North Yorkshire police boss Philip Allott has refused to resign despite losing a cross-party vote of no confidence at a crunch meeting today (Thursday).
City of York Council leader and vice-chair of the York and North Yorkshire Police, Fire and Crime Panel Keith Aspden has criticised Mr Allott for refusing to go.
With Lib Dem, Labour, Conservative councillors as well as independently appointed members all voting in favour, the motion of no confidence was carried unanimously at a meeting of the panel.
The North Yorkshire Police, Fire and Crime Commissioner has faced a barrage of criticism in response to his remarks about murdered York woman Sarah Everard. He said she should not have submitted to her false arrest by serving Met police officer Wayne Couzens, who used his warrant card to falsely arrest her before kidnapping, raping and murdering her.
The virtual meeting saw Mr Allott face questions over his comments as well as repeated calls to resign after the panel alone received over 100 complaints.
Cllr Aspden said: “As a panel in charge of scrutinising the Commissioner’s work and performance, it was crucial that we send a message of condemnation over his appalling comments.
“It’s frankly outrageous that Police Commissioners are so unaccountable to the residents they are elected to serve.
“The ‘recall’ laws which apply to MPs should urgently be extended to include police commissioners, who are have direct power in deciding how to spend taxpayer’s money.
“The Commissioner’s comments and his failure to recognise their impact are simply unforgivable and he should resign immediately.”
No confidence motion
The no-confidence motion passed today reads as follows:
“Following the comments made by the commissioner and his subsequent response in the wake of the murder of Sarah Everard, this Panel resolves that due to his performance, it no longer has confidence in Mr Allott undertaking the role of Police, Fire and Crime Commissioner.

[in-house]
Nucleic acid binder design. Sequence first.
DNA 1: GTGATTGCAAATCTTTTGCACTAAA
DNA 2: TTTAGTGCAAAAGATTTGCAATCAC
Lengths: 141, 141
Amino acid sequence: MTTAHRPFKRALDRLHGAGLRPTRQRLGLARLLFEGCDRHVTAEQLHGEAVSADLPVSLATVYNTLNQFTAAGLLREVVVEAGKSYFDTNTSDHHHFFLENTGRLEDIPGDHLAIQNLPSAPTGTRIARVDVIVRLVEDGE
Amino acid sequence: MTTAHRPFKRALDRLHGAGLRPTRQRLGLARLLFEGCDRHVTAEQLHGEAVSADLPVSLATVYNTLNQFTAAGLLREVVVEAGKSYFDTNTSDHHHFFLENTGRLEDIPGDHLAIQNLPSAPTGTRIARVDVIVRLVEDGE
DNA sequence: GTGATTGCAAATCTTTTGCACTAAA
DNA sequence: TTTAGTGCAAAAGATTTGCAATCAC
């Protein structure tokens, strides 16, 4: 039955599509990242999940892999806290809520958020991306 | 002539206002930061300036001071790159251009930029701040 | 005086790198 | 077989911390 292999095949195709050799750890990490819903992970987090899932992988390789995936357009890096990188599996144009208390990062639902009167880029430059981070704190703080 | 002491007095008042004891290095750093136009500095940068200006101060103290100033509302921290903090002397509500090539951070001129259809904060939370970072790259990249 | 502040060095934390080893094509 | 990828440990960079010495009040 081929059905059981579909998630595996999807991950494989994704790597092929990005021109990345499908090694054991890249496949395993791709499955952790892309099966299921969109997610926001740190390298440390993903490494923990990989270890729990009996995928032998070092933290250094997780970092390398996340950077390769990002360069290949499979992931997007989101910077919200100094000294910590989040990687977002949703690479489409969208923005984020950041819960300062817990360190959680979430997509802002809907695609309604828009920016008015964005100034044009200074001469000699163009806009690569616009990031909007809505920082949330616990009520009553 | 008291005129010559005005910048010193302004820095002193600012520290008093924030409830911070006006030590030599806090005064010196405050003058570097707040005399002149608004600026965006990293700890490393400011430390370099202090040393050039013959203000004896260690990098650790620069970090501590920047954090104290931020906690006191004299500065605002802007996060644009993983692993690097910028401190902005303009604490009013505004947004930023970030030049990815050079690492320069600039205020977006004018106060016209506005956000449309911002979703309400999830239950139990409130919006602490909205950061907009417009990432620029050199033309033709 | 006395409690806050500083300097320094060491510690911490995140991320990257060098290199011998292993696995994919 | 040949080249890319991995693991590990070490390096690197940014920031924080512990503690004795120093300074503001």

“Whilst this panel does not have the power to remove Mr Allott from his post, we suggest that to restore faith in policing across North Yorkshire and the Office of Police, Fire and Crime Commissioner, he should resign from his position.”
Car Crash Interview
The meeting also heard from members of the public including Gwen Swinburn from York who said, as repugnant as his initial remarks were, it was his behaviour since that tells all and that’s why he should resign now,
Another Dr Hannah Barham-Brown asked just how many complaints and signatures on a petition it would take to make him go.
Fellow Conservative Carl Les, Leader of North Yorkshire County Council and chair of the panel asked the commissioner to reconsider his position in light of the backlash too.
Mr Allott said he wanted to remain and carry on his plans for reform and change in the Police and Fire service.
He accepted that he had made a mistake when he went on BBC Radio York to discuss the murder of Sarah Everard but he argued that he could win back the respect of the public.
He described the interview as a “car crash” and said he was grossly insensitive but complained that BBC Look North kept running clips of it which wasn’t helpful.
He also talked about his own experiences briefly saying he had been the victim of domestic violence and was a survivor. He didn’t go into any more detail.
He said he would resign if he can’t regain the trust of everyone but it’s clear he had no plans to quit today.